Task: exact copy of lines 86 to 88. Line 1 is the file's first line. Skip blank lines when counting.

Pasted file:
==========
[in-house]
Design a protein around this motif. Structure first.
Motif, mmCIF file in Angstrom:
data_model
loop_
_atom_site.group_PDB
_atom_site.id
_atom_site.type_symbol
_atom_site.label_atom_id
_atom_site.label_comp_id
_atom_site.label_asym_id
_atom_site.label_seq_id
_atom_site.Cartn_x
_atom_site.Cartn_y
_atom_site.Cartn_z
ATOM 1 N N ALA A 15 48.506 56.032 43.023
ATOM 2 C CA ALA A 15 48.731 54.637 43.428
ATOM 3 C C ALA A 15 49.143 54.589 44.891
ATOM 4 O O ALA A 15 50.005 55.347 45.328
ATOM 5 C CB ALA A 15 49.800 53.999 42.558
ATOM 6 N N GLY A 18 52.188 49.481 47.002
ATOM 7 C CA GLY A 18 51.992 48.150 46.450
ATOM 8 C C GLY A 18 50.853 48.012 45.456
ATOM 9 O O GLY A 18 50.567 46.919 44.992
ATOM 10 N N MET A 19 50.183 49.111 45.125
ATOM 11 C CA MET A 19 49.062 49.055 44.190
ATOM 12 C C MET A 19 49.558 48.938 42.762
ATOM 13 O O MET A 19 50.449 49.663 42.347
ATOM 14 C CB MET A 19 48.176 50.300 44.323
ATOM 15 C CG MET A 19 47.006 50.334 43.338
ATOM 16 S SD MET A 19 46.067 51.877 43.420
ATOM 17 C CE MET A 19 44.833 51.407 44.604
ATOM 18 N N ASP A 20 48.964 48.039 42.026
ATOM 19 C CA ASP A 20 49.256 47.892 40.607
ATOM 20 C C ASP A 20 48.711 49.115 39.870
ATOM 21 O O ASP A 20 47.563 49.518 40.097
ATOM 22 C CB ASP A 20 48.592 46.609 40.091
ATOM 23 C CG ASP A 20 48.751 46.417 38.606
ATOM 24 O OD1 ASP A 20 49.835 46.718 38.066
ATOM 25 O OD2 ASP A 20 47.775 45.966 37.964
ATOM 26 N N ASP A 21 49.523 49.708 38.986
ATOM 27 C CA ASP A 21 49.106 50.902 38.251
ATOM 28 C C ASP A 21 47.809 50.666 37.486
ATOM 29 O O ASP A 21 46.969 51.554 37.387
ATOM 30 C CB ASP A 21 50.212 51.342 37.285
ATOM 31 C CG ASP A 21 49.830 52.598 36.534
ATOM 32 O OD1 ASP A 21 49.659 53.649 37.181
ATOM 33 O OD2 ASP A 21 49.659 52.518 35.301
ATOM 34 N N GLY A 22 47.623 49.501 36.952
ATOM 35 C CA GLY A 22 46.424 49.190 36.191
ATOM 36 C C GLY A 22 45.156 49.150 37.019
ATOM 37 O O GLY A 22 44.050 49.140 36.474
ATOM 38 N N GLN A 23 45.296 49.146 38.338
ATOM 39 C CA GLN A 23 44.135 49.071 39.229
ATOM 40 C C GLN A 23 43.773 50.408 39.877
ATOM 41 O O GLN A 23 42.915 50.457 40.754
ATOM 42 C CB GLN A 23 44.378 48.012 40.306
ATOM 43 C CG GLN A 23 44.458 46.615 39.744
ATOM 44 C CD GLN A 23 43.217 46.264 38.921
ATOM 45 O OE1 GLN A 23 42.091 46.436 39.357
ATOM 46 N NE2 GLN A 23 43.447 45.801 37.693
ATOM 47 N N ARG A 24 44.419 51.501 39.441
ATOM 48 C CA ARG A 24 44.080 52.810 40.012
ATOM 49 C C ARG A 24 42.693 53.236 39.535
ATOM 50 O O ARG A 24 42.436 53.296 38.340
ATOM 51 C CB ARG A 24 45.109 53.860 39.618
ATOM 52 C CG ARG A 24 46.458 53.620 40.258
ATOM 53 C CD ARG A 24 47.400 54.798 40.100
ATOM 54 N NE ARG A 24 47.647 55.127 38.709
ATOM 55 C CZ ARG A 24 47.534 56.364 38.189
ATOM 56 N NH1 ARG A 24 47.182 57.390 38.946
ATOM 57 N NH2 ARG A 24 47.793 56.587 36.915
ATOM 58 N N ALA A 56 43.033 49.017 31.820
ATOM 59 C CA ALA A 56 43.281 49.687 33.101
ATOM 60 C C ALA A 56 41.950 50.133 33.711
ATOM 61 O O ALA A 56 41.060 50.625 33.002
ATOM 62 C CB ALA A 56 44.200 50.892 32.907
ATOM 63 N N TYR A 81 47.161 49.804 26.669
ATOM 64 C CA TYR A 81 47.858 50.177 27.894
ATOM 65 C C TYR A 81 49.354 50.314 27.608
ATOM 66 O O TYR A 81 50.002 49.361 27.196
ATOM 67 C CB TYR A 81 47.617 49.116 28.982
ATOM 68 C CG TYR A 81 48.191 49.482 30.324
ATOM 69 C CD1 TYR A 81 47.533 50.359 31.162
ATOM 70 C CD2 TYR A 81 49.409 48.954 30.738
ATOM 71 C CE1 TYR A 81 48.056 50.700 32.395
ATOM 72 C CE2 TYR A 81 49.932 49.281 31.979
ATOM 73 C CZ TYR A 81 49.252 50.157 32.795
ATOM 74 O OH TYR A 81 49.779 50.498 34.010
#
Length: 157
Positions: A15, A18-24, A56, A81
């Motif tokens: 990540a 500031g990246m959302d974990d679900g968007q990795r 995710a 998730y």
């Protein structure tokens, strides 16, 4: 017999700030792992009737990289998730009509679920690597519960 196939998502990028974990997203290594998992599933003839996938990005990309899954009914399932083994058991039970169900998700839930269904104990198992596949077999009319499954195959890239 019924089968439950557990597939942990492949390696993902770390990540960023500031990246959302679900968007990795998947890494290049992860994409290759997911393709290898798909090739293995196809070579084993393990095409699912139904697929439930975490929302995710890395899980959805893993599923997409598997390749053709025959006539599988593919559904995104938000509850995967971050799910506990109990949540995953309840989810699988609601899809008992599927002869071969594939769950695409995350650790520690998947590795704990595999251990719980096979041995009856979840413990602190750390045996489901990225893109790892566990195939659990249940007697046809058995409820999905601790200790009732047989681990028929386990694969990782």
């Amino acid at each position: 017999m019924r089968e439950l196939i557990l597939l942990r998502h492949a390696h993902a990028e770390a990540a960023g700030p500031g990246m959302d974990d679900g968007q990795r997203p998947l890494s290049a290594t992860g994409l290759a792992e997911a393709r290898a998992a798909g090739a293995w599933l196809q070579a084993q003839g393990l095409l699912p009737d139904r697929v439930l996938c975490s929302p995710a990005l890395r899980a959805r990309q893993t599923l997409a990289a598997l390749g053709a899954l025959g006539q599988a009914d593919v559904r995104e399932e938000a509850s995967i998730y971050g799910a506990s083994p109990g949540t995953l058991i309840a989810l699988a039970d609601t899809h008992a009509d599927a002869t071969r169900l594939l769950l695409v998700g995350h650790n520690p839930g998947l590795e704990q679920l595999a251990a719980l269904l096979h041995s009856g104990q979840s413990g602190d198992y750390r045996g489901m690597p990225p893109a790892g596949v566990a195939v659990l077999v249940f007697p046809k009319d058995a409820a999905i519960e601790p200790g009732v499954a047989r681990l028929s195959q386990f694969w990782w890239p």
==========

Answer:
ATOM 71 C CE1 TYR A 81 48.056 50.700 32.395
ATOM 72 C CE2 TYR A 81 49.932 49.281 31.979
ATOM 73 C CZ TYR A 81 49.252 50.157 32.795